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- bicycle wheels

The following equation comes from a paper by HP Gavin.

LOG(stress)=-.3LOG(cycles)=4.12+.072Z where Z is the normal distribution. If you only have 1 spoke you place it in the middle of the normal distribution that is a Z score of 0. So if you have 36 spokes you divide the normal distribution into 37 parts and use a reverse normal distribution calculator to get a list of the cycles of stress when spokes can be pridicted to break.

It looks some thing like this. 10000 11930 13391 14637 15771 16812 The This assumes you replace a spoke as soon as it is broken. It is obvious that some of the replacement spokes will break before the last original one goes. I'm not going to build that model because I"m too lazy. Few people will tolerate more than 6 broken spokes before they buy a new wheel.

Go to [email protected] to find out what people will put with. I simply want a guideline to help folks choose a new wheel. The experiment that generated that equation used spoke tensions and cycles that were too high to be used in a practical wheel so I'm going to ignore the predicted life of a new wheel with a reduced stress on each spoke corresponding to more spokes or stronger spokes. Instead I will use fatigue curves for high cycles. My worst spokes survived 1000000 cycles before breaking.

What I need is for some one to keep a precise log of the spokes they broke I can then use curve fitting methods to adjust the equation. The equation has 3 constants that can be adjusted. I'm doing this on the cycling forums so far no one has understood the equation. I need some one to tell me if the equation is not valid. I have broken 60 spokes at 5 quality levels. In order to do that I had to build wheels with used spokes and substandard spokes and ride more than 100000 miles. The equation seems to fit my experience.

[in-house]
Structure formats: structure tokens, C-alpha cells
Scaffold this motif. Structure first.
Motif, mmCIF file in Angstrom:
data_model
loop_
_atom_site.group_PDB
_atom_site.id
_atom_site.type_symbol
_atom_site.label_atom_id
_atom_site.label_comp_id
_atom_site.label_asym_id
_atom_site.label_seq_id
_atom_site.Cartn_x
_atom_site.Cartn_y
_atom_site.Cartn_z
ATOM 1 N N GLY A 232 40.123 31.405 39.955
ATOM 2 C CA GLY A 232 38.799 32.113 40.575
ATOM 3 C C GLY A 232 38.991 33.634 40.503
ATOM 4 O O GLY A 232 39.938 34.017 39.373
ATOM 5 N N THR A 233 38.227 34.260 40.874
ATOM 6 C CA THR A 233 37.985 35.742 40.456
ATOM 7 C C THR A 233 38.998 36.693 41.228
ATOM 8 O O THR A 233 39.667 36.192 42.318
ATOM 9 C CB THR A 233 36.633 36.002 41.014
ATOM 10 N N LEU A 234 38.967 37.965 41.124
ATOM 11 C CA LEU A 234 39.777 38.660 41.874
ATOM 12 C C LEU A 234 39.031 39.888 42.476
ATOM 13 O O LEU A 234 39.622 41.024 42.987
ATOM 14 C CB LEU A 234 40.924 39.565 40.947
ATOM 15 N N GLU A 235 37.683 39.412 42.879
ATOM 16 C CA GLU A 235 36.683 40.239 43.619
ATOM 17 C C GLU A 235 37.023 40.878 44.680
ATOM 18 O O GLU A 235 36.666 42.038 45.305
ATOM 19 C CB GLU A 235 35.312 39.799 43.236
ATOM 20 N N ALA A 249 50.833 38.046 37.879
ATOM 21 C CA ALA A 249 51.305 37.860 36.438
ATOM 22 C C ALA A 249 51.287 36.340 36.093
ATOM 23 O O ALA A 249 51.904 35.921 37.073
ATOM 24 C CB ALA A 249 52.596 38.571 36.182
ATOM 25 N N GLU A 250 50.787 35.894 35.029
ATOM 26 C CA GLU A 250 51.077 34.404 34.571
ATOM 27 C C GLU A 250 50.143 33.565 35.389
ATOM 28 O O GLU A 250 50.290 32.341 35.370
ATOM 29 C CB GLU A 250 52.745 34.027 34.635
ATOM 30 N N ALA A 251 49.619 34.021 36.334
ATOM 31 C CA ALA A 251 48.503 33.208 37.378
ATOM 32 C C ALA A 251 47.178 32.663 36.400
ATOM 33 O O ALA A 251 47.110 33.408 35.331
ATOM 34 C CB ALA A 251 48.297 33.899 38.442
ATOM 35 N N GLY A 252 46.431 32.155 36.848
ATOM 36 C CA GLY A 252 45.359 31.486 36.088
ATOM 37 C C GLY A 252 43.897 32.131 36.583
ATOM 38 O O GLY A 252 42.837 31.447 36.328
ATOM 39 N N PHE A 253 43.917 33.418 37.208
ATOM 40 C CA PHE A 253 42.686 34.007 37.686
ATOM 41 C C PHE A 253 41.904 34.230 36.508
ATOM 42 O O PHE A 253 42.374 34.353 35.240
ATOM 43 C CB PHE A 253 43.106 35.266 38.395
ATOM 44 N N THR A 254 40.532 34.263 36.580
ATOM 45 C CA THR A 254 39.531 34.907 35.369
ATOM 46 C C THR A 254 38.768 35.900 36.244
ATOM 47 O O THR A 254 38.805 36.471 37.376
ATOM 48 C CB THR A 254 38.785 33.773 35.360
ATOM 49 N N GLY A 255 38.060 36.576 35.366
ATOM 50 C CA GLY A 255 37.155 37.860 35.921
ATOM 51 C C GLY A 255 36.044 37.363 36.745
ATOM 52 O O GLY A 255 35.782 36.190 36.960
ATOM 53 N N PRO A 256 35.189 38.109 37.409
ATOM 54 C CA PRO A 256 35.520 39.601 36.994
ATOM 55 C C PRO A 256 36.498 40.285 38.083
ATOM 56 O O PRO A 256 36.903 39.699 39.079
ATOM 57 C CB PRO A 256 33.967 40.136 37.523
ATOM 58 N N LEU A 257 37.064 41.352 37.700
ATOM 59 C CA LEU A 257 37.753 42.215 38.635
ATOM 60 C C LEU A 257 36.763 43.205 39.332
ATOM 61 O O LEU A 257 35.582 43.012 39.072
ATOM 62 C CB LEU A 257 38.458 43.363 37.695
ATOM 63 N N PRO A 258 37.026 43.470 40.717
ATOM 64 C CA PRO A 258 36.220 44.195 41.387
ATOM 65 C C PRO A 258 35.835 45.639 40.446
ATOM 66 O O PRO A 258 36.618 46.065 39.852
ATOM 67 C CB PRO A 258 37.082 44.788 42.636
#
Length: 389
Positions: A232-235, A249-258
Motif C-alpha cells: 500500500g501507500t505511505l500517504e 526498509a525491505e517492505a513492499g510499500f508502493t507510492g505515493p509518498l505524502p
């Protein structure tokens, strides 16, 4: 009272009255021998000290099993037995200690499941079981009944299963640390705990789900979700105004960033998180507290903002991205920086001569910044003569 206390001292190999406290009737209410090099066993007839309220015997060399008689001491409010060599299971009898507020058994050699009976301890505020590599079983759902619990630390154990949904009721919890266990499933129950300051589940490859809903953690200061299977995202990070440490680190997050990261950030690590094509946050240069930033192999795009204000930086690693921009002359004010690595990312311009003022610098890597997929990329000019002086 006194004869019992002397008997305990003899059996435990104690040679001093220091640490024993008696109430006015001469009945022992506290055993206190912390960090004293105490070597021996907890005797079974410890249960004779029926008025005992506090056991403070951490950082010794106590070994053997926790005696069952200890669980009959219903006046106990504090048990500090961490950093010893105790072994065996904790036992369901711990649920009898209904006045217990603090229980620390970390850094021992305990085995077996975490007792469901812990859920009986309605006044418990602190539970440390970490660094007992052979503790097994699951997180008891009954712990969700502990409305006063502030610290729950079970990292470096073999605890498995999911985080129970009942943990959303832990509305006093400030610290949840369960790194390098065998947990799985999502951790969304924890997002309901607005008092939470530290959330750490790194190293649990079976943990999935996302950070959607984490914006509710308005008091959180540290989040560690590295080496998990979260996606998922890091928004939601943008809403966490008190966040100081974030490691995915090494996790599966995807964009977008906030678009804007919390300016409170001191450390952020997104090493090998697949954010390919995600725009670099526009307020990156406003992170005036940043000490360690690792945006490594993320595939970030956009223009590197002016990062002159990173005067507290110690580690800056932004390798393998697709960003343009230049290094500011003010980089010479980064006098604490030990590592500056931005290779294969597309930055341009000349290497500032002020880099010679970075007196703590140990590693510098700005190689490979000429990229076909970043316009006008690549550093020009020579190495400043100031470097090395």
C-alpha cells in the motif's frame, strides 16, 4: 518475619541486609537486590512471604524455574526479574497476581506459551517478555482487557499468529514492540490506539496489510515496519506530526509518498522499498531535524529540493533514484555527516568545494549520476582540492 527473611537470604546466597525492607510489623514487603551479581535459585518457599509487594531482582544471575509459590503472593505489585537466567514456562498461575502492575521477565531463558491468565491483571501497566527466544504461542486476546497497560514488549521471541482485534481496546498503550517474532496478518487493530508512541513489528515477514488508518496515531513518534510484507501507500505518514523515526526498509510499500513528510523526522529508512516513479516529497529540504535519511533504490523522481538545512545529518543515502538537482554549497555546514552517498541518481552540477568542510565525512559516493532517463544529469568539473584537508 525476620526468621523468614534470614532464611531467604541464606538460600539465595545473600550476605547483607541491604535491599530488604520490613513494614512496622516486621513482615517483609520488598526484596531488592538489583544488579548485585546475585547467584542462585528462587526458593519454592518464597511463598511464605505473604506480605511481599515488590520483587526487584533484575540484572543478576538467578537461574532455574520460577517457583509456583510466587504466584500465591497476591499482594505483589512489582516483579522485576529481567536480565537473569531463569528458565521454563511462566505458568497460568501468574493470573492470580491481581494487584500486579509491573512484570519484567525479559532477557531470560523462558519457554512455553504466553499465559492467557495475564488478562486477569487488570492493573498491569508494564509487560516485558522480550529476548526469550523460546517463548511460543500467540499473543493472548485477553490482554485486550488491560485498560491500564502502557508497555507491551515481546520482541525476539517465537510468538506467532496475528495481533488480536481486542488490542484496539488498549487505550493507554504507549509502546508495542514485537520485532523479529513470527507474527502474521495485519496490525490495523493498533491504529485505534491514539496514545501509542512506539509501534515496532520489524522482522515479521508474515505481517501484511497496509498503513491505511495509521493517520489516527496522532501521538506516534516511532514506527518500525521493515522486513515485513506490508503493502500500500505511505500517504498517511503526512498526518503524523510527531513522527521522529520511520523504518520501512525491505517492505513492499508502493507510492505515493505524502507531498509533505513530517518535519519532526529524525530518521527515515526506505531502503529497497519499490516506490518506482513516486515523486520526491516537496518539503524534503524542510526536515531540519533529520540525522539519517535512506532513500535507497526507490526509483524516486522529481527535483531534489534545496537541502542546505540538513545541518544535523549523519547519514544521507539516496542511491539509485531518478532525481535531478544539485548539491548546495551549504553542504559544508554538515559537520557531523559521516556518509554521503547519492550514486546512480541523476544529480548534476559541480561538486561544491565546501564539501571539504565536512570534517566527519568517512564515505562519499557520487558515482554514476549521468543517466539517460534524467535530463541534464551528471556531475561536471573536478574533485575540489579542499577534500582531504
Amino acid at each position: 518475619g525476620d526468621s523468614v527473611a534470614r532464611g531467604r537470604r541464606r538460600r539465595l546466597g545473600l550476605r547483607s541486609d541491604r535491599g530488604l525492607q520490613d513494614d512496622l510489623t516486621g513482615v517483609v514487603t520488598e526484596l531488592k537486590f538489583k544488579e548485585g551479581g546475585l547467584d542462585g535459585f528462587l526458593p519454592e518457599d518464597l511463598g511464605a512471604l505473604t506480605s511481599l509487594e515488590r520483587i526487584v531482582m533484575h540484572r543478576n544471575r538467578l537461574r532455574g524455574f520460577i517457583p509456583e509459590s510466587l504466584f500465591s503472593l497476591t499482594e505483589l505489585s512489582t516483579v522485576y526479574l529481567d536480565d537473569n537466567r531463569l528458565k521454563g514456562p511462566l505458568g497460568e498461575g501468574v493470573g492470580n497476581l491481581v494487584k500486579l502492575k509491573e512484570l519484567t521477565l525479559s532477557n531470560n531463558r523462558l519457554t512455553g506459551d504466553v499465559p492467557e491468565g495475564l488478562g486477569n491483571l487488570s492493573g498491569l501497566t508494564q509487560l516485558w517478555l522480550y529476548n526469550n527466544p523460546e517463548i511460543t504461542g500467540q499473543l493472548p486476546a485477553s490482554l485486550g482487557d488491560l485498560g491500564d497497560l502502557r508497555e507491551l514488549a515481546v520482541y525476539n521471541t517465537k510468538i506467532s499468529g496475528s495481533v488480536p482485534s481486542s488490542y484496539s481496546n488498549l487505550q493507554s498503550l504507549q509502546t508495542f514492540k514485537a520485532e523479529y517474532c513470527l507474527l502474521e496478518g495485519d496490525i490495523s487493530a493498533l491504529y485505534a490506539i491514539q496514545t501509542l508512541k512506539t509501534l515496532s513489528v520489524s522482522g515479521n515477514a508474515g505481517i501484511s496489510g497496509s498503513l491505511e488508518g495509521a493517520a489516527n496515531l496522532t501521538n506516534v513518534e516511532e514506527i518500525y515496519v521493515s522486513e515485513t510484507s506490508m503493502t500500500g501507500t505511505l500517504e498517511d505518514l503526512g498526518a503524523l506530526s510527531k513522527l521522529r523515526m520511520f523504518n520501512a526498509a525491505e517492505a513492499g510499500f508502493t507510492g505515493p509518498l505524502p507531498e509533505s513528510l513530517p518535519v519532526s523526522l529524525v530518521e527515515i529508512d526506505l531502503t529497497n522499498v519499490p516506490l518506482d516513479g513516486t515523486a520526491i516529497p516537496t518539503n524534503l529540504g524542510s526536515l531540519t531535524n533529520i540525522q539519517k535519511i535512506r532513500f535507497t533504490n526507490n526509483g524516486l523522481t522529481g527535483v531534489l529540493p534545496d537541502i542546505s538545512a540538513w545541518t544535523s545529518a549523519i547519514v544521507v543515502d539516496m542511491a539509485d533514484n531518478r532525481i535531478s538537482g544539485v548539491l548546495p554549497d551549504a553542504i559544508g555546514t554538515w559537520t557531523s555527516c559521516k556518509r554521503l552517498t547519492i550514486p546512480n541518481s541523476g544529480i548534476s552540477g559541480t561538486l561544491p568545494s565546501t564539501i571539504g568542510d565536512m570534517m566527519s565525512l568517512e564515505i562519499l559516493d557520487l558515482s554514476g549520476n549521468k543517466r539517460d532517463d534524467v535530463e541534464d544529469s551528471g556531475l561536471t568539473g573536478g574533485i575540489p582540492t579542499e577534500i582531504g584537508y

LOG(stress)=-.3LOG(cycles)=4.12+.072Z where Z is the normal distribution. If you only have 1 spoke you place it in the middle of the normal distribution that is a Z score of 0. So if you have 36 spokes you divide the normal distribution into 37 parts and use a reverse normal distribution calculator to get a list of the cycles of stress when spokes can be pridicted to break.

It looks some thing like this. 10000 11930 13391 14637 15771 16812 The This assumes you replace a spoke as soon as it is broken. It is obvious that some of the replacement spokes will break before the last original one goes. I'm not going to build that model because I"m too lazy. Few people will tolerate more than 6 broken spokes before they buy a new wheel.

Go to [email protected] to find out what people will put with. I simply want a guideline to help folks choose a new wheel. The experiment that generated that equation used spoke tensions and cycles that were too high to be used in a practical wheel so I'm going to ignore the predicted life of a new wheel with a reduced stress on each spoke corresponding to more spokes or stronger spokes. Instead I will use fatigue curves for high cycles. My worst spokes survived 1000000 cycles before breaking.

What I need is for some one to keep a precise log of the spokes they broke I can then use curve fitting methods to adjust the equation. The equation has 3 constants that can be adjusted. I'm doing this on the cycling forums so far no one has understood the equation. I need some one to tell me if the equation is not valid. I have broken 60 spokes at 5 quality levels. In order to do that I had to build wheels with used spokes and substandard spokes and ride more than 100000 miles. The equation seems to fit my experience.

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